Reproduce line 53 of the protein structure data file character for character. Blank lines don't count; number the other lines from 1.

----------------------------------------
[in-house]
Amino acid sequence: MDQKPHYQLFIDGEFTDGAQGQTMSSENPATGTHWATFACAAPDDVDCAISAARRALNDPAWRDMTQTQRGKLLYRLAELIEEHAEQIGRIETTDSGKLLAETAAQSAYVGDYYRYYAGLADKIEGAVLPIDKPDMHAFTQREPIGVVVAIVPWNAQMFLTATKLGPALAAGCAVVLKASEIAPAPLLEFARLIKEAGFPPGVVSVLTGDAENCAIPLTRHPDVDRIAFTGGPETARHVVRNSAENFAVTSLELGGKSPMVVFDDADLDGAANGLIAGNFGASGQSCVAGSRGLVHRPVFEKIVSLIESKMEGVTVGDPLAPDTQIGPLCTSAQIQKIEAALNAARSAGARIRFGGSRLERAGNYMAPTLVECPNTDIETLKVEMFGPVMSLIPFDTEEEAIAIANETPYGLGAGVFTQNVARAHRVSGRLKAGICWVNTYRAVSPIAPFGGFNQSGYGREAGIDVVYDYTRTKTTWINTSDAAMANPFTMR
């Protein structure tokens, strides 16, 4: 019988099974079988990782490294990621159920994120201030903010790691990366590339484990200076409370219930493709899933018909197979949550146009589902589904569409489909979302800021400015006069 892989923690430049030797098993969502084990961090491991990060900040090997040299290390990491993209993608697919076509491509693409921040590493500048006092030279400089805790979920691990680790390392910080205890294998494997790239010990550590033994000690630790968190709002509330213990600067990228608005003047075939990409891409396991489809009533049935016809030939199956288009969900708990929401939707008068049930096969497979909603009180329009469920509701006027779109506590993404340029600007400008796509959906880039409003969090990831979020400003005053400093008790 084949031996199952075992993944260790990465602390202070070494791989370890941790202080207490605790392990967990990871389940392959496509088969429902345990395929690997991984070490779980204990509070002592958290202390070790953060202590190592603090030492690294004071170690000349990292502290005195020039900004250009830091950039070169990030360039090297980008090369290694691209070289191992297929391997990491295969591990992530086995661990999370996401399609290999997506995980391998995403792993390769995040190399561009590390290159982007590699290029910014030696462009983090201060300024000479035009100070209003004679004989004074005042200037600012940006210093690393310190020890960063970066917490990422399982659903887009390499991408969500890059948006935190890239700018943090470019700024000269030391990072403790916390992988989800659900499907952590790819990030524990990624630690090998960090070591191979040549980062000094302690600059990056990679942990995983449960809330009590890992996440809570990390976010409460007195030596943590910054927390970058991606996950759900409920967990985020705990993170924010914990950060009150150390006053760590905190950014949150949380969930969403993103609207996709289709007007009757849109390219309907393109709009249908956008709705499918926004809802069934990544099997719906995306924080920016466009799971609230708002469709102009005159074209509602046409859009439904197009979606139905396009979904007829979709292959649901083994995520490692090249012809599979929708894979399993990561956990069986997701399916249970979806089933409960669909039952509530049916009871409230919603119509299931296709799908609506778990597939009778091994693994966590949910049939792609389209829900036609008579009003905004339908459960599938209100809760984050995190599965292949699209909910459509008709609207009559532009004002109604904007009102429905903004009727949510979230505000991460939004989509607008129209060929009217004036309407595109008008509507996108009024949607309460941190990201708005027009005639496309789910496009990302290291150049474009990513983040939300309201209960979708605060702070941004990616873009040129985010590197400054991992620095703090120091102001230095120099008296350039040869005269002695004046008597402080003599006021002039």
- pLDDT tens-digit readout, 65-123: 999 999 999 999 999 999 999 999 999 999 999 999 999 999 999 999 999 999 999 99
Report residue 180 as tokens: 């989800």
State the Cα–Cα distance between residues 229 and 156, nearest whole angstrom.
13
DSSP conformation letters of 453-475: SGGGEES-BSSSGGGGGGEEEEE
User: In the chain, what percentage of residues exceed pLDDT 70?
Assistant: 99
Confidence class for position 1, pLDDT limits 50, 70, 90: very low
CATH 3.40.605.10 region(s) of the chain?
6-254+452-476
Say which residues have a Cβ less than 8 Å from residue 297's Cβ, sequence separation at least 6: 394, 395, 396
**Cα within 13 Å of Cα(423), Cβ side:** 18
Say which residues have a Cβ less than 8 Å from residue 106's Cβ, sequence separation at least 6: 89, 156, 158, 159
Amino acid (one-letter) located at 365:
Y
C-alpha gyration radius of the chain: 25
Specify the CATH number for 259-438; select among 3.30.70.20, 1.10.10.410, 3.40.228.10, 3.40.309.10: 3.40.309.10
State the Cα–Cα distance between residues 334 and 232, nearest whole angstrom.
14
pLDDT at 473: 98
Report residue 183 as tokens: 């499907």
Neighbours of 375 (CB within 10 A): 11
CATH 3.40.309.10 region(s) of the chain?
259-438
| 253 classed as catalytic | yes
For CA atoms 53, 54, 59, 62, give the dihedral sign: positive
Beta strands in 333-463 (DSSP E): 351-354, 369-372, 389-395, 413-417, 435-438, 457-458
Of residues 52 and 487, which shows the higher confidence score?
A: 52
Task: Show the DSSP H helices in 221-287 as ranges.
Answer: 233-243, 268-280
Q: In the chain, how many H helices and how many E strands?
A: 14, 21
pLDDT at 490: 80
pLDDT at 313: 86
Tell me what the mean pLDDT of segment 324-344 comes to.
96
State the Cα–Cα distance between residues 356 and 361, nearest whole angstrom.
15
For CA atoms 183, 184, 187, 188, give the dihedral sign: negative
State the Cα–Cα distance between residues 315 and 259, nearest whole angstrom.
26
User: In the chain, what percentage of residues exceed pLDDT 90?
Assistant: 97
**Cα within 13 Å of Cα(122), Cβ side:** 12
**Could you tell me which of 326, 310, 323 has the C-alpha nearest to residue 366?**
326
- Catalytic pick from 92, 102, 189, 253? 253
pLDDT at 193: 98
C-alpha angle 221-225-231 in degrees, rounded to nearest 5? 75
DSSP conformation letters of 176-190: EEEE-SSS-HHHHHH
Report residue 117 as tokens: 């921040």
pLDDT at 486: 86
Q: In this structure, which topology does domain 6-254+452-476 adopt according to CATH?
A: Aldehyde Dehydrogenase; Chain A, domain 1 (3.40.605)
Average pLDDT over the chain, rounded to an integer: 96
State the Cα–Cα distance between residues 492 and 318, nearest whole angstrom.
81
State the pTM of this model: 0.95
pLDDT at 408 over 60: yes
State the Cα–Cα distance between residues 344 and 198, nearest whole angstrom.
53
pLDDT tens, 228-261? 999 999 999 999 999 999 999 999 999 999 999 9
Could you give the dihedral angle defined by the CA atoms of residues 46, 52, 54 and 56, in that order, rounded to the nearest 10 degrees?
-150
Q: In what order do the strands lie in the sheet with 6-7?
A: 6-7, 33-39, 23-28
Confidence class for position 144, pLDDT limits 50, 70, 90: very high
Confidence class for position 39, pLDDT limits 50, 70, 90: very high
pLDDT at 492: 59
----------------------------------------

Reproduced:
C-alpha angle 221-225-231 in degrees, rounded to nearest 5? 75